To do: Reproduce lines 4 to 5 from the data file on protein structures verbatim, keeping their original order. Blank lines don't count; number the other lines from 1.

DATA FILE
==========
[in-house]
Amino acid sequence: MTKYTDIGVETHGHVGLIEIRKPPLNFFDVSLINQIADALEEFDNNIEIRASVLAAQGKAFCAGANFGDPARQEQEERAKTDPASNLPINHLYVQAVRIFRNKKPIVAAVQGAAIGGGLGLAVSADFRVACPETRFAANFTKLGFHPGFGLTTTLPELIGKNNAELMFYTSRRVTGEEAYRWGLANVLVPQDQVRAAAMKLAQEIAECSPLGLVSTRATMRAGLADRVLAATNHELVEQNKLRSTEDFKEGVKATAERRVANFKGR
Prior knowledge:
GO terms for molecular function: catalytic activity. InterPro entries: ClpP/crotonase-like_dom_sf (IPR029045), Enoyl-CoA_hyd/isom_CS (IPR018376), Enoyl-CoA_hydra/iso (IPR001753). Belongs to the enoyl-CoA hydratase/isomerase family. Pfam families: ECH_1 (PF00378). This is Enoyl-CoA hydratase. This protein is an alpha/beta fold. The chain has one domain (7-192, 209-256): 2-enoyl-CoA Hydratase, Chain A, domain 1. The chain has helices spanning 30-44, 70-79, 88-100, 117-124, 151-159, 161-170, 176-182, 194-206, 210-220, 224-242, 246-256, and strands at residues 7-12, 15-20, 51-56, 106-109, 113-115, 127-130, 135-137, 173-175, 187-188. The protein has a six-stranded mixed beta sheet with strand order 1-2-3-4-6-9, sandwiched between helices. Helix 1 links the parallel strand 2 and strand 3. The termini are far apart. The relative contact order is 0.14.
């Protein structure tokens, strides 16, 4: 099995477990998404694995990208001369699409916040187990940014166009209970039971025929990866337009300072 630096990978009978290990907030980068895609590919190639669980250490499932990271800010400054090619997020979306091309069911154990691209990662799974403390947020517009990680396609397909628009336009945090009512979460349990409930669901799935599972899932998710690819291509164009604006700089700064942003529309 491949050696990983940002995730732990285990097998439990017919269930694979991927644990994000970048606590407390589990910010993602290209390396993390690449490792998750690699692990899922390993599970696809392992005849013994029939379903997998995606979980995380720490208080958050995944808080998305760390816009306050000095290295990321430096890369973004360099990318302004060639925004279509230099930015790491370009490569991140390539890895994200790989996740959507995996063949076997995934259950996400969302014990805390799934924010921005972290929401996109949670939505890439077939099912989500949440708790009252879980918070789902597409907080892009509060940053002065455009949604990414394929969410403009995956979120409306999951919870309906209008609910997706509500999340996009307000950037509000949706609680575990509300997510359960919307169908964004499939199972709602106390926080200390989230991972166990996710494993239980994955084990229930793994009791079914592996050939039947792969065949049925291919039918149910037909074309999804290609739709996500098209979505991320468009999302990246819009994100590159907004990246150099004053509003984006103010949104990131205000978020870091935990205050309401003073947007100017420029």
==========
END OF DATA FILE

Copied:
GO terms for molecular function: catalytic activity. InterPro entries: ClpP/crotonase-like_dom_sf (IPR029045), Enoyl-CoA_hyd/isom_CS (IPR018376), Enoyl-CoA_hydra/iso (IPR001753). Belongs to the enoyl-CoA hydratase/isomerase family. Pfam families: ECH_1 (PF00378). This is Enoyl-CoA hydratase. This protein is an alpha/beta fold. The chain has one domain (7-192, 209-256): 2-enoyl-CoA Hydratase, Chain A, domain 1. The chain has helices spanning 30-44, 70-79, 88-100, 117-124, 151-159, 161-170, 176-182, 194-206, 210-220, 224-242, 246-256, and strands at residues 7-12, 15-20, 51-56, 106-109, 113-115, 127-130, 135-137, 173-175, 187-188. The protein has a six-stranded mixed beta sheet with strand order 1-2-3-4-6-9, sandwiched between helices. Helix 1 links the parallel strand 2 and strand 3. The termini are far apart. The relative contact order is 0.14.
């Protein structure tokens, strides 16, 4: 099995477990998404694995990208001369699409916040187990940014166009209970039971025929990866337009300072 630096990978009978290990907030980068895609590919190639669980250490499932990271800010400054090619997020979306091309069911154990691209990662799974403390947020517009990680396609397909628009336009945090009512979460349990409930669901799935599972899932998710690819291509164009604006700089700064942003529309 491949050696990983940002995730732990285990097998439990017919269930694979991927644990994000970048606590407390589990910010993602290209390396993390690449490792998750690699692990899922390993599970696809392992005849013994029939379903997998995606979980995380720490208080958050995944808080998305760390816009306050000095290295990321430096890369973004360099990318302004060639925004279509230099930015790491370009490569991140390539890895994200790989996740959507995996063949076997995934259950996400969302014990805390799934924010921005972290929401996109949670939505890439077939099912989500949440708790009252879980918070789902597409907080892009509060940053002065455009949604990414394929969410403009995956979120409306999951919870309906209008609910997706509500999340996009307000950037509000949706609680575990509300997510359960919307169908964004499939199972709602106390926080200390989230991972166990996710494993239980994955084990229930793994009791079914592996050939039947792969065949049925291919039918149910037909074309999804290609739709996500098209979505991320468009999302990246819009994100590159907004990246150099004053509003984006103010949104990131205000978020870091935990205050309401003073947007100017420029």